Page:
Jan. 2, 2009
US kills four al Qaeda operatives in South Waziristan strike
Jan. 1, 2009




Suspected U.S. Missile Strike Kills 7 In Pakistan

 CBS News Interactive: Pakistan In Crisis

Missiles believed fired from a U.S. unmanned plane slammed into a house used by militants in northwestern Pakistan on Thursday, killing seven people, a government official and a witness said.

The identities of the victims in the attack in Kurram region were not immediately known.

A senior official in the region said the house targeted was believed to be frequented by Islamist militants. He spoke on condition of anonymity because he was not authorized to release the information.

Villager Ismail Khan said spy planes were seen hovering over the area shortly before the attack, adding that local militants had retrieved seven bodies from the destroyed house.

The United States has launched more than 30 missile strikes on al Qaeda and Taliban targets close to the Afghan border since last year, killing many militants, including some senior ones, but also civilians.

The missiles are believed fired from drones launched from neighboring Afghanistan, but the United States rarely acknowledges firing them.

Pakistan routinely protests the attacks as violations of its sovereignty, but many people speculate the two countries have an unwritten deal allowing them.

(© 2009 The Associated Press. All Rights Reserved. This material may not be published, broadcast, rewritten, or redistributed.)









Death toll from drone attack in NWFP rises to 24

Published: March 13,2009


The death toll in a suspected US missile strike in Pakistan's troubled NWFP has risen to 24, with most of those killed said to be Afghan Talibans.

Two missiles fired by a predator drone stuck a Taliban training camp in Kurram Agency when a combat training session was on, thus, resulting in high 


"24 bodies were recovered from the rubble and handed over to local authorities,"officials said. Senior security officials quoted by local Television said 50 others were injured in the attack and most of these were foreigners, a term used by locals to identify al- Qaeda militants.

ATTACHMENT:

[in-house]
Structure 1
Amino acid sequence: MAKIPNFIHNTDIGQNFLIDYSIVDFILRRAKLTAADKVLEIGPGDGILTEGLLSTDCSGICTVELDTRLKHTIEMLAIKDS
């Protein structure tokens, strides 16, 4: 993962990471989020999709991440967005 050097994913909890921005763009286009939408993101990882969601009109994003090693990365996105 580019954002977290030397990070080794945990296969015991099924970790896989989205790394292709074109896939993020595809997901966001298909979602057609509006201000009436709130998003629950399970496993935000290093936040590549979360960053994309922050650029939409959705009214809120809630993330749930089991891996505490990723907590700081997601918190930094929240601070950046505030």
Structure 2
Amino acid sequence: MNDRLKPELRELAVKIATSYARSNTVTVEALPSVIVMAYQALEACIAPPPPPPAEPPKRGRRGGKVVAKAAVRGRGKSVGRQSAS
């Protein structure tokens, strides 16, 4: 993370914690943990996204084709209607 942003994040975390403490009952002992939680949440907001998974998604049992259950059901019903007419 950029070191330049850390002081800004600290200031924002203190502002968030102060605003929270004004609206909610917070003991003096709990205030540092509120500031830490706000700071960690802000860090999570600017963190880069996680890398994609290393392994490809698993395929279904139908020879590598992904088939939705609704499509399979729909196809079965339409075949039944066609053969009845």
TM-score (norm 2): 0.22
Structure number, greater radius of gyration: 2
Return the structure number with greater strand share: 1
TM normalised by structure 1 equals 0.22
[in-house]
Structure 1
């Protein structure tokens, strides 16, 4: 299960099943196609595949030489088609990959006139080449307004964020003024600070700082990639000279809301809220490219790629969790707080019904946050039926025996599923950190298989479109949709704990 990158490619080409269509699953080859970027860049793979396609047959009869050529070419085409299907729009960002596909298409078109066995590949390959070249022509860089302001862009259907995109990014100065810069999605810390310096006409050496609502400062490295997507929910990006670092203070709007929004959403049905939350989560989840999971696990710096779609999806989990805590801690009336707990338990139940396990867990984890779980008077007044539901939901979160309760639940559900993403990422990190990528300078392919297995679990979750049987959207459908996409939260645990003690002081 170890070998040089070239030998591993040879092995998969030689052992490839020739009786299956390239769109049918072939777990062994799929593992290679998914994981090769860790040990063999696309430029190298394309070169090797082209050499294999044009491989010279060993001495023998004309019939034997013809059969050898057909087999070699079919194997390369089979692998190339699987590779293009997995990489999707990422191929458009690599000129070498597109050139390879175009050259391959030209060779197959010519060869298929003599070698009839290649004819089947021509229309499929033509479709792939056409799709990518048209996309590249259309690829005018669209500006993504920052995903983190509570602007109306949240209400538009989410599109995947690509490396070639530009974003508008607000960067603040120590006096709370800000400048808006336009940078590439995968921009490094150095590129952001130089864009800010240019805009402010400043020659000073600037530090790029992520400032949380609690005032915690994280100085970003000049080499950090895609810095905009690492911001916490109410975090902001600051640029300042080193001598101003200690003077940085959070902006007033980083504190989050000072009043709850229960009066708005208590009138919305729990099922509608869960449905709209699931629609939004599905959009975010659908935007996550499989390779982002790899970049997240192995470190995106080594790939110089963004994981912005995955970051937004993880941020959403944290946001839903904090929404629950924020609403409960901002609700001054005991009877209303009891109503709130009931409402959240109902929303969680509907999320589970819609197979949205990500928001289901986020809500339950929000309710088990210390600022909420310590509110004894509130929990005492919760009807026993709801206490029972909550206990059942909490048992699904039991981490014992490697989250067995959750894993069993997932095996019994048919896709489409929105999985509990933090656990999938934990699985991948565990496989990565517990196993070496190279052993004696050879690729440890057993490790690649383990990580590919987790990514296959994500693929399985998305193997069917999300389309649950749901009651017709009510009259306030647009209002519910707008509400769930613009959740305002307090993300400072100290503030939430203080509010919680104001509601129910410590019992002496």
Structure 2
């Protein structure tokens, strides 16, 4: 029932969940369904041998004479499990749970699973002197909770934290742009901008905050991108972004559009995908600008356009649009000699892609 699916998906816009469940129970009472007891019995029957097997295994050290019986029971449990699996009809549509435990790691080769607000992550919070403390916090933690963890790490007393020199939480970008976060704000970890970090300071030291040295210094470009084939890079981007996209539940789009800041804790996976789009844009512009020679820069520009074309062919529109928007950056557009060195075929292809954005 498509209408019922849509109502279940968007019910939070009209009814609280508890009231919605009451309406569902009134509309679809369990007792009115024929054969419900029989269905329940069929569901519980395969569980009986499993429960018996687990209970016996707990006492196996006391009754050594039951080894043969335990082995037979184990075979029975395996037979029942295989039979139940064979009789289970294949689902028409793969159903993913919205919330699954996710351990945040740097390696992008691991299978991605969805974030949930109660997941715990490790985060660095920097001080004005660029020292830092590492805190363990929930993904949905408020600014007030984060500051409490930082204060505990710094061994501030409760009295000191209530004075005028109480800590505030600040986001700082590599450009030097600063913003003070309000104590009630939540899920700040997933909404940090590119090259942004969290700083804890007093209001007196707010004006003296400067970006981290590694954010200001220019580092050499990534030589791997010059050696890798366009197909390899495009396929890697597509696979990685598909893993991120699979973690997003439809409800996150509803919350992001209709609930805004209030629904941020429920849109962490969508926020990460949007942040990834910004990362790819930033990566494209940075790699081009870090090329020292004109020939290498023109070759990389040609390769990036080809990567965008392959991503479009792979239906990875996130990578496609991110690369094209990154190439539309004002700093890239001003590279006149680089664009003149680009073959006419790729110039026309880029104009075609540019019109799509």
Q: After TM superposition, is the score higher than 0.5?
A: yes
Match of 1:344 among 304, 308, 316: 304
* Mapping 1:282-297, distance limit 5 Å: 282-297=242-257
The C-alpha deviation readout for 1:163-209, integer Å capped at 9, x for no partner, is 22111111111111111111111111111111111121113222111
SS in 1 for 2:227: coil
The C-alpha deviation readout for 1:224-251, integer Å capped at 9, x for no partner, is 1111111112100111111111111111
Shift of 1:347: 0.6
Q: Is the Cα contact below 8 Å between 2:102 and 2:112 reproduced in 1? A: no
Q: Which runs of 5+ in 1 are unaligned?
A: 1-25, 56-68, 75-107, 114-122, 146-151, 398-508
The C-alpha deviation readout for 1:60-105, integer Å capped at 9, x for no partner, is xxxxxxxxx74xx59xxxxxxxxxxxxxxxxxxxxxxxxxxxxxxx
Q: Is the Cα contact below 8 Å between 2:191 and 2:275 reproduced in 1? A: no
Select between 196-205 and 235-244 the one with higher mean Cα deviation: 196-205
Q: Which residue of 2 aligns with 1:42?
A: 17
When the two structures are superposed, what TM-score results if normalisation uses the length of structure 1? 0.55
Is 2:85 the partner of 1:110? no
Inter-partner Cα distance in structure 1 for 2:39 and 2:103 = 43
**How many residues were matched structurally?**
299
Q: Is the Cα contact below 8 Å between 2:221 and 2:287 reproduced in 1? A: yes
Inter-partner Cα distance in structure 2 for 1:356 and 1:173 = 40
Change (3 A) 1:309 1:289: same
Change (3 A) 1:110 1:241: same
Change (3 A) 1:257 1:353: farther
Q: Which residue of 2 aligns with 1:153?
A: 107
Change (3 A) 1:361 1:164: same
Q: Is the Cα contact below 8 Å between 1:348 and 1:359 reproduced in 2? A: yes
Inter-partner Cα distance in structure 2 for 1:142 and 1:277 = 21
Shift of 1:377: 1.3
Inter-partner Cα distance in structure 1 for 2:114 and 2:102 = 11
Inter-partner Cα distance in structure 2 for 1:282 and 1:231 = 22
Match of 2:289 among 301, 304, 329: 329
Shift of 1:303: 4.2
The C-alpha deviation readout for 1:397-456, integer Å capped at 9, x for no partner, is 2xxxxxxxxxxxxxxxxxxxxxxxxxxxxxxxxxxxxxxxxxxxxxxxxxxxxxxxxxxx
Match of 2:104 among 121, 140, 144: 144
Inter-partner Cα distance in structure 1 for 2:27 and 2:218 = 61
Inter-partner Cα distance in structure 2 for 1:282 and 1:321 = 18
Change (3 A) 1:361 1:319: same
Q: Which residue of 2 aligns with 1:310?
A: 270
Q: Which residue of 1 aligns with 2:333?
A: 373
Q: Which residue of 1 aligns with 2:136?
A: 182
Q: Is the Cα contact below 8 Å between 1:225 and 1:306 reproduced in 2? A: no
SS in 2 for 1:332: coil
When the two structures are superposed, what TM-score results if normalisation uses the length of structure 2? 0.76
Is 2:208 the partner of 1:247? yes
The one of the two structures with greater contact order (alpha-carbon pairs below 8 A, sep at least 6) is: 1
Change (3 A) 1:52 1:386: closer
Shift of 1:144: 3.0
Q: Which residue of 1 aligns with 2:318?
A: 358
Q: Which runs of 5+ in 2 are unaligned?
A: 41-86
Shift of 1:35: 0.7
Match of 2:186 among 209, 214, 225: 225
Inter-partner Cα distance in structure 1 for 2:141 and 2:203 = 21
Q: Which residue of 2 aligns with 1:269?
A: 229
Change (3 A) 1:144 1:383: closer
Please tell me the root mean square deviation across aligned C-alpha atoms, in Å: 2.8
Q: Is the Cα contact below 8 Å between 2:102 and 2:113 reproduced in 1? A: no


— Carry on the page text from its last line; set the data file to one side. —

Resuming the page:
It was not immediately known if among those killed there were high value targets. The training camp, TV channels said, was run by a local Taliban commander Fazal Sayeed.

Kurram is one of the seven semi-autonomous regions near Pakistan's volatile border with Afghanistan and has been recently a scene of armed sectarian clashes between Shia and Sunni tribesmen.






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Suspected US Drone Strike Hits Taliban Hideout -Officials


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Suspected US Drone Strike Hits Taliban Hideout -Officials

Thursday March 12nd, 2009 / 19h00

 PESHAWAR, Pakistan (AFP)--A suspected U.S. missile strike struck a Taliban den in northwest Pakistan on Thursday, killing at least seven militants, including suspected Al-Qaeda operatives, security officials said.
"The strike was in the Kurram belt. It destroyed a suspected den used by Taliban militants, killing at least seven militants, including foreigners," a senior security official said, adopting a term used to mean Al-Qaeda members.
A second senior security official confirmed the strike and the same details, also speaking on condition of anonymity.
The U.S. military as a rule doesn't confirm drone attacks, but it and the Central Intelligence Agency operating in Afghanistan are the only forces that deploy drones in the region.